Today in the Huffington Post, it was announced that Facebook will soon launch a new feature to its photo "tagging". Soon you will be able to also tag pages that have a fan page, as opposed to just tagging friends. 

It is estimated that Americans are exposed to some 3000 advertisements a day. Now Facebook photos will become the "Where's Waldo" of spotting brands. The question is whether this new tagging feature is a benefit for brand marketers. 

My immediate thought was that this could be a great advantage for brands. Large product brands like Nike and Coke, who are industry cash cows, could just reap the benefits of having their loyal customers do the publicity work for them. This initial concept made me think that marketing is just getting easier - now we have our customers doing the advertising for us, and on social media sites where the publicity doesn't cost a dime. 

For smaller businesses, brand tagging could be a huge advantage. Through networking - friends of friends- your company brand name will be seen by more people. Perhaps it will even eliminate the need to pay for Facebook Ads on the sides of profiles. Why spend money on advertisements when you can start tagging your brand in photos? 

So, we have our list of benefits:

  • Free publicity largely done by the consumer
  • Extended publicity through networking
  • Networking your brand name
  • The possibility of swapping Facebook Ads for brand tagging

Therefore, what's not to like about this new Facebook feature?

Well, let's ask ourselves what the definition of marketing is. Marketing is all about knowing your target market, knowing your competition and getting inside the consumer's mind. Our first marketing lesson was about the 4 P's: product, price, place and promotion. Why is marketing becoming such a dominant field? Because we, as marketers, CONTROL the market situation.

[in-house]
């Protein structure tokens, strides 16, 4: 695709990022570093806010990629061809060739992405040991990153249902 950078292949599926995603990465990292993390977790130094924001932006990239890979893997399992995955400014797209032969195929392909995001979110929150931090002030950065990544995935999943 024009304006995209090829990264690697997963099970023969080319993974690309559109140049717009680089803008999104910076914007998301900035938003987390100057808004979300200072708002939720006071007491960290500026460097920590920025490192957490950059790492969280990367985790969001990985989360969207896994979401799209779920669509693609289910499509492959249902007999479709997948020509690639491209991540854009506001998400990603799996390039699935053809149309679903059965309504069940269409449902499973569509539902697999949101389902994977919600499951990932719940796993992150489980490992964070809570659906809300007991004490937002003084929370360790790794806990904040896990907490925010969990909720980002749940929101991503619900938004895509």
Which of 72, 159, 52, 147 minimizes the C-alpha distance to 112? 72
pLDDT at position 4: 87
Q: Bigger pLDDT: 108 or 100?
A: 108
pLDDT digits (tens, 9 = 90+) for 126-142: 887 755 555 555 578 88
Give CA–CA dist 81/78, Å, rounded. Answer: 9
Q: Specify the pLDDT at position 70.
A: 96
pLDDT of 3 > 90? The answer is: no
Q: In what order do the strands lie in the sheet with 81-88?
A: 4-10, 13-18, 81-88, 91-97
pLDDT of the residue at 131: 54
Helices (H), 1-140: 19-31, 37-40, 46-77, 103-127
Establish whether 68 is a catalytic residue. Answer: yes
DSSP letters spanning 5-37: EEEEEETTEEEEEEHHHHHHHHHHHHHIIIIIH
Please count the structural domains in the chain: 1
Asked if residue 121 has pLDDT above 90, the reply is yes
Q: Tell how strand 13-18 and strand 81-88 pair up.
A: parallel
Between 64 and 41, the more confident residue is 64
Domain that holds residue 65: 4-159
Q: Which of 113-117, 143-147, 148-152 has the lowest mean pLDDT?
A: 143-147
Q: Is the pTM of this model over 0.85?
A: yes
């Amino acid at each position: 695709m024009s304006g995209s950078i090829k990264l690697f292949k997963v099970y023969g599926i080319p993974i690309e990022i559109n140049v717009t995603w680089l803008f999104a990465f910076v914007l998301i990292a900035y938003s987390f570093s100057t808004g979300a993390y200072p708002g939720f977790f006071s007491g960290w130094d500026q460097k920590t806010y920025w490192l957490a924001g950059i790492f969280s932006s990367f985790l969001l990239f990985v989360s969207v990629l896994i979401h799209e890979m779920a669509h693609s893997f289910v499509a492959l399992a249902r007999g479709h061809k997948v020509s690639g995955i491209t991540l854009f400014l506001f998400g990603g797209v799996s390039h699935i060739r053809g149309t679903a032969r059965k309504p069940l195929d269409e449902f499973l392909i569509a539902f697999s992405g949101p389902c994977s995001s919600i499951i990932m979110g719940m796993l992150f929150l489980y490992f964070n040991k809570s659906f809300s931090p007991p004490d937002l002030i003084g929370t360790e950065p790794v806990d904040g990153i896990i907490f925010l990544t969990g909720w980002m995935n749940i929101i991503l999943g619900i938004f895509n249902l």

That's right. Good marketing is all about controlling the situation. This new Facebook feature lets the masses control the image of the brand. Sure, marketers can monitor the brand on Facebook and perhaps tag and detag photos of choice, but ultimately the power has been shifted. 

Yes, our job as marketers is not getting easier. It's getting harder.

ImageConsumers will be able to essentially create their own advertisements through Facebook photos. So, what is Coke and Pepsi are tagged in the same ad? What if a kid wearing a Nike shirt is tagged at an NFL game (NFL's sponsor is currently Reebok). Or what if Budweiser beer is tagged in a picture with children or minors? Does that spell trouble for the brand? And if it does, will Budweiser's PR reps catch it in time? You might think so, but with over 500 million people on Facebook tagging photos every minute, how do you catch everything?

Brace yourself marketers. Branding is getting more interesting - and more complex - as social media contiues to integrate into our consuming lives.